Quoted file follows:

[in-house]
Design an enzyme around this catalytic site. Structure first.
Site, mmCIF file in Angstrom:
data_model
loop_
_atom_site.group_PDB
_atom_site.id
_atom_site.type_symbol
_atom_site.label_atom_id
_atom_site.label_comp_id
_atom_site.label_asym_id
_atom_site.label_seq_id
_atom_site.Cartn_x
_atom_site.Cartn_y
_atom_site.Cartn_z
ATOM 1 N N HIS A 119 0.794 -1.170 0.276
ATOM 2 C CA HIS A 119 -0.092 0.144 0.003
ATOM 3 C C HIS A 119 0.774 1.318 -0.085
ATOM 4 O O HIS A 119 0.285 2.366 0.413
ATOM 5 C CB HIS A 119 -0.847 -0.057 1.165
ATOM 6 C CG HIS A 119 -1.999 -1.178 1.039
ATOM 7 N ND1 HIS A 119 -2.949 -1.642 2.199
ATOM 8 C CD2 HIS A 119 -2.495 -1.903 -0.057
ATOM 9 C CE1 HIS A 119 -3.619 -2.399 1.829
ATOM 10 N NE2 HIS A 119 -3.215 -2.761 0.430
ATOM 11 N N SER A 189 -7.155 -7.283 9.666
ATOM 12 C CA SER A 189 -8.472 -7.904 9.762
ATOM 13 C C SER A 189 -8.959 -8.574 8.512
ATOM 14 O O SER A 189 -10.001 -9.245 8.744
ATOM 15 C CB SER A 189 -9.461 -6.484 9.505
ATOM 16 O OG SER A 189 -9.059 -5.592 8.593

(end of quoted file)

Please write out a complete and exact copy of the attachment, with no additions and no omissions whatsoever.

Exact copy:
[in-house]
Design an enzyme around this catalytic site. Structure first.
Site, mmCIF file in Angstrom:
data_model
loop_
_atom_site.group_PDB
_atom_site.id
_atom_site.type_symbol
_atom_site.label_atom_id
_atom_site.label_comp_id
_atom_site.label_asym_id
_atom_site.label_seq_id
_atom_site.Cartn_x
_atom_site.Cartn_y
_atom_site.Cartn_z
ATOM 1 N N HIS A 119 0.794 -1.170 0.276
ATOM 2 C CA HIS A 119 -0.092 0.144 0.003
ATOM 3 C C HIS A 119 0.774 1.318 -0.085
ATOM 4 O O HIS A 119 0.285 2.366 0.413
ATOM 5 C CB HIS A 119 -0.847 -0.057 1.165
ATOM 6 C CG HIS A 119 -1.999 -1.178 1.039
ATOM 7 N ND1 HIS A 119 -2.949 -1.642 2.199
ATOM 8 C CD2 HIS A 119 -2.495 -1.903 -0.057
ATOM 9 C CE1 HIS A 119 -3.619 -2.399 1.829
ATOM 10 N NE2 HIS A 119 -3.215 -2.761 0.430
ATOM 11 N N SER A 189 -7.155 -7.283 9.666
ATOM 12 C CA SER A 189 -8.472 -7.904 9.762
ATOM 13 C C SER A 189 -8.959 -8.574 8.512
ATOM 14 O O SER A 189 -10.001 -9.245 8.744
ATOM 15 C CB SER A 189 -9.461 -6.484 9.505
ATOM 16 O OG SER A 189 -9.059 -5.592 8.593